Through the holidays, my mind would travel to you and your family ... your first Christmas without the wife and mother of the home. I would take that opportunity to pray for you and life you up to the Father. I continue to check your blogs because they are filled with wisdom and insight. God is faithful, and it is evident He is carrying you. Thank you for sharing ... for those who know you and for those of us who sign as "anomyous"! To God be the glory!

Anonymous said...

I thought about you many times through the holidays. I, too, recently lost my best friend and love of my life. My life has been changed forever and I often feel cheated, too, out of the joy that is experienced this time of year and the things we shared. Even as I look to my Lord and Savior each and every day for guidance, I still experience little reminders that can just bring on the tears and can change my day. So often I pray just to hear God speak to me and to tell me what He is doing. Some days are just so much harder than others. There are so many little things that I miss. Loneliness is by far the worst part of it all for me. Other people can be around but things are just not the same without the one there that knew me better than anyone else on earth. I thank you for the insight and honesty that you pour out so often. You and your family are in my prayers. I'm looking forward to the day when our God reveals it ALL and, in the light of our Savior, we are re-united with the ones we love and miss so badly. To God be the glory for being with us even we seem to be drowning in our own tears. Thank you for your encouragement through your pain.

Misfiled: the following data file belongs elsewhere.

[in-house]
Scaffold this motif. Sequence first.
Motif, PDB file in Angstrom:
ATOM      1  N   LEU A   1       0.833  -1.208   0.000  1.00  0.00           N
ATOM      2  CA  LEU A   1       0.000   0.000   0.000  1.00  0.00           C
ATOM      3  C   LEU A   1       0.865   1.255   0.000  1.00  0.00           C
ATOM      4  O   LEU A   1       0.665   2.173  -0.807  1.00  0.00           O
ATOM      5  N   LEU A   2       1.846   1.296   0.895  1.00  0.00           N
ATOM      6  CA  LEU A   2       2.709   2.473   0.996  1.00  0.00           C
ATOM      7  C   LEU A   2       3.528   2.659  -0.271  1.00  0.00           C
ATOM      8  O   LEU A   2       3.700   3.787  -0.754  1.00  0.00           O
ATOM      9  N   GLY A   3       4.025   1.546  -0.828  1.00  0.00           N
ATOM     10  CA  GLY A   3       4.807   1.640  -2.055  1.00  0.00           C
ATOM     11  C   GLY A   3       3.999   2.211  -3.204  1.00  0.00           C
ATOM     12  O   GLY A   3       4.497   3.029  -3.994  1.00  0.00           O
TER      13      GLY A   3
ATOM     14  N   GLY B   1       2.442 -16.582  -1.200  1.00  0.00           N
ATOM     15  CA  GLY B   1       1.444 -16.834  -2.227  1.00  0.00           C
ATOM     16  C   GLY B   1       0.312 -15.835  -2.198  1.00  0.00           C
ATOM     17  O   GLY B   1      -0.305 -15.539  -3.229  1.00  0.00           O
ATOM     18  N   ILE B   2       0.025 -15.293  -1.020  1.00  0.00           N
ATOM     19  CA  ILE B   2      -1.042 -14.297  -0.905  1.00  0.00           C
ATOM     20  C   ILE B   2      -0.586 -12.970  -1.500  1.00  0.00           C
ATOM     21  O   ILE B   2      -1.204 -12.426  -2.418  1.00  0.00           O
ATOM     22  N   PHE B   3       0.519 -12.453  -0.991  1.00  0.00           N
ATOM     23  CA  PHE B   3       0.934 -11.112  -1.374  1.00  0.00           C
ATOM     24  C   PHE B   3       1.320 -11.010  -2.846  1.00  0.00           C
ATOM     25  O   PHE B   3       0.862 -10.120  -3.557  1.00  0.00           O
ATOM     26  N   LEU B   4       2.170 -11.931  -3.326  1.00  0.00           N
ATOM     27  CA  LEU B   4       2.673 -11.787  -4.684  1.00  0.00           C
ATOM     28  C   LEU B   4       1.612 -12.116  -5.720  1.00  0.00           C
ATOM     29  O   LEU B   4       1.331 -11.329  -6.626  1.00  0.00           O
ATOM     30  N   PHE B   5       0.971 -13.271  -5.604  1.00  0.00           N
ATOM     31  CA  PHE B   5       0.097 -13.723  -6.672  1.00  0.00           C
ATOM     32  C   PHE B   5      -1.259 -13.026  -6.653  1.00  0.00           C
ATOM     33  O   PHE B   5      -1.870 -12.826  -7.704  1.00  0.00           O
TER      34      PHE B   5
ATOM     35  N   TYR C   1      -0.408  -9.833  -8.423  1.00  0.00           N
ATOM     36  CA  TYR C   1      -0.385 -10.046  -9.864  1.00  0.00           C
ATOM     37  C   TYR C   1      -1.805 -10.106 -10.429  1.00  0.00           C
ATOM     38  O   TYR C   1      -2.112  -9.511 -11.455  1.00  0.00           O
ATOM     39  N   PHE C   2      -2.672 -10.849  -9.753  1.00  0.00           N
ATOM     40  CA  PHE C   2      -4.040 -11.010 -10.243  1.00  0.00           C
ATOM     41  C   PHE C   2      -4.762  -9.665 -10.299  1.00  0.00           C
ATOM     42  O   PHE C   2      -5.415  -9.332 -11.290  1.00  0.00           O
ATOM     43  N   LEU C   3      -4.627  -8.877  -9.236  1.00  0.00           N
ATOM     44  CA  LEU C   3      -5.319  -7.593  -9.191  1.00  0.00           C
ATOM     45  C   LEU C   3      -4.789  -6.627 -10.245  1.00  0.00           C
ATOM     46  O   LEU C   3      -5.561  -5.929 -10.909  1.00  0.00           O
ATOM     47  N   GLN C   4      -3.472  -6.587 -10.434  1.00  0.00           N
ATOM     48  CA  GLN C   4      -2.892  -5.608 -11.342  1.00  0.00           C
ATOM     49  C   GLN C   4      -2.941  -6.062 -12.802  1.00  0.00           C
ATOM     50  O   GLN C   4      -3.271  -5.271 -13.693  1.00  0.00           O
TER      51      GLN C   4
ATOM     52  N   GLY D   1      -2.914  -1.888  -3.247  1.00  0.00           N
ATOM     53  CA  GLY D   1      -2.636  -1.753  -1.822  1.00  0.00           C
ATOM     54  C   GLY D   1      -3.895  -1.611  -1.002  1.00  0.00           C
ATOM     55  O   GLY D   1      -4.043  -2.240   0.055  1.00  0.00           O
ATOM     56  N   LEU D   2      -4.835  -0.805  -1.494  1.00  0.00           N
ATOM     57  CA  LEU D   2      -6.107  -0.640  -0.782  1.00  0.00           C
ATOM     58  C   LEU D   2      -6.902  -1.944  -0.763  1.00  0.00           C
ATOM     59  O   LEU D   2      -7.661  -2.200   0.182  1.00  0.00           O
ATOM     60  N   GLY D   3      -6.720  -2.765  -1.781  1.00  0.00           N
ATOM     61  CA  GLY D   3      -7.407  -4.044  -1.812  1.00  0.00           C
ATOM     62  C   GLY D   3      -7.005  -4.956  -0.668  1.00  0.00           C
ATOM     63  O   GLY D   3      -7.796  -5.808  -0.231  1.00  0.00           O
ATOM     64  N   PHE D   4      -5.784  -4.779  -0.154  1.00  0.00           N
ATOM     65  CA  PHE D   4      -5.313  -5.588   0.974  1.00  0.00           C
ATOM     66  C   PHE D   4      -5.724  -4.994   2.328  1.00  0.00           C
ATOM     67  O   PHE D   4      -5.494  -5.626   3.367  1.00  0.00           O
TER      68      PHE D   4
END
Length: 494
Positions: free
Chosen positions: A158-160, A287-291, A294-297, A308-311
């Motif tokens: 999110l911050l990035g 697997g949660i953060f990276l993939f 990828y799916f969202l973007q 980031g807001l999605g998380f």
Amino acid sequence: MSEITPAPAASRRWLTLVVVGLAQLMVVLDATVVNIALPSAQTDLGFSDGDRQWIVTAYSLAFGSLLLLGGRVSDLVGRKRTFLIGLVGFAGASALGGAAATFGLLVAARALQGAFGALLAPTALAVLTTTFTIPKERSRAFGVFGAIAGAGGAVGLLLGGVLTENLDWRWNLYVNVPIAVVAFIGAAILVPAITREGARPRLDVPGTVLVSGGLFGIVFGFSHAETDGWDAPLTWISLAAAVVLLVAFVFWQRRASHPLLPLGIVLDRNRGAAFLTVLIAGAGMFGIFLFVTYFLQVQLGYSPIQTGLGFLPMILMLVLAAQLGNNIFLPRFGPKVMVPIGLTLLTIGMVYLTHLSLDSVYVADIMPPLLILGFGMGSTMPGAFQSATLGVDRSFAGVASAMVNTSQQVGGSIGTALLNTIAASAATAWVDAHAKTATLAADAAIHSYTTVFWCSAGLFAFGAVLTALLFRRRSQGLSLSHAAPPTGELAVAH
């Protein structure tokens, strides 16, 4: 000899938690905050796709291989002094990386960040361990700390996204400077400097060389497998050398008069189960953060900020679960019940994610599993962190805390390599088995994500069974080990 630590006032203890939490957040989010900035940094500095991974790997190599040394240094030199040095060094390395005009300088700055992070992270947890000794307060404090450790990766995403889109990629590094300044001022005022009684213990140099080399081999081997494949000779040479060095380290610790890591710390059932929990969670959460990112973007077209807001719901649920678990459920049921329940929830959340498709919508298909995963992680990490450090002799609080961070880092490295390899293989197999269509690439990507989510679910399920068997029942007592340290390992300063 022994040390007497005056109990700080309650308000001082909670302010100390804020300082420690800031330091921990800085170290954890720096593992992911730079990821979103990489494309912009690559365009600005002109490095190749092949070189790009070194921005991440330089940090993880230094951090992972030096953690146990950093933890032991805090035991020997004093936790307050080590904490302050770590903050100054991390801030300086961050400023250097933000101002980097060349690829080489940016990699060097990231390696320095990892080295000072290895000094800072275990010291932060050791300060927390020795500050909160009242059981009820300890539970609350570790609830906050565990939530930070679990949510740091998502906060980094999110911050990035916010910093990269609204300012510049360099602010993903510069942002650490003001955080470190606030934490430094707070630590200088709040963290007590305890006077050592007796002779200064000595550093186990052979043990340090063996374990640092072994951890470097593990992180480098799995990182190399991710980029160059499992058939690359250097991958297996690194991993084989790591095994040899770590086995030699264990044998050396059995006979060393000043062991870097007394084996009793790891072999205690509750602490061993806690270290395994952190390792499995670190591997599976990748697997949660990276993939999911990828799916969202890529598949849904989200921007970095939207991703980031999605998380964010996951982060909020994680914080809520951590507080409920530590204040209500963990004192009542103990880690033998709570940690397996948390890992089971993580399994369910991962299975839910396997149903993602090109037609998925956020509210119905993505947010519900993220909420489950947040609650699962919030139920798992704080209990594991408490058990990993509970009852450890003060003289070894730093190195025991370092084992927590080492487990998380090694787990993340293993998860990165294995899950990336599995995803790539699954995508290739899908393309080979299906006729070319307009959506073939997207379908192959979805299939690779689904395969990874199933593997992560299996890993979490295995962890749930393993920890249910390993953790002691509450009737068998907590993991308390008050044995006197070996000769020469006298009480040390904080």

Anonymous said...

Many O Lord my God are the wonders you have done. The things you planned for us no one can recount to you; were I to speak and tell of them, they would be too many to declare. Ps 40:5

This is my second Christmas since my loss. Certainly, it is much easier than the first. I still think of him, I still remember what it felt like to be with him but not quite as often as I used to. The stretches of time that I feel well are getting longer. You develop new habits and new routines. But they are still a part you-in the choices you make and the paths you choose. They are a part of the fabric you are made of because of the threads they interwove into your life-it cannot be changed. In a sense, the people you love still live through you even when they are gone. What course would you have taken? Where would you be had they not come into your life? How much richer you are because they did. They helped to shape us into who we are today and continue to help shape our tomorrows.

Lord, you've planned wondrous things for us-they are too many to declare.

Anonymous said...

i hug my husband more often because of the light your transparency has shed on our lives. "big deals" that once formed obstacles in our relationship lose their relevence through the lens of your suffering. that may seem an insignificant byproduct overall, but for us, it is no small thing.

we love you, hurt with you, and pray for you sincerely.

AmberG said...

Amen, for nothing is impossible with God!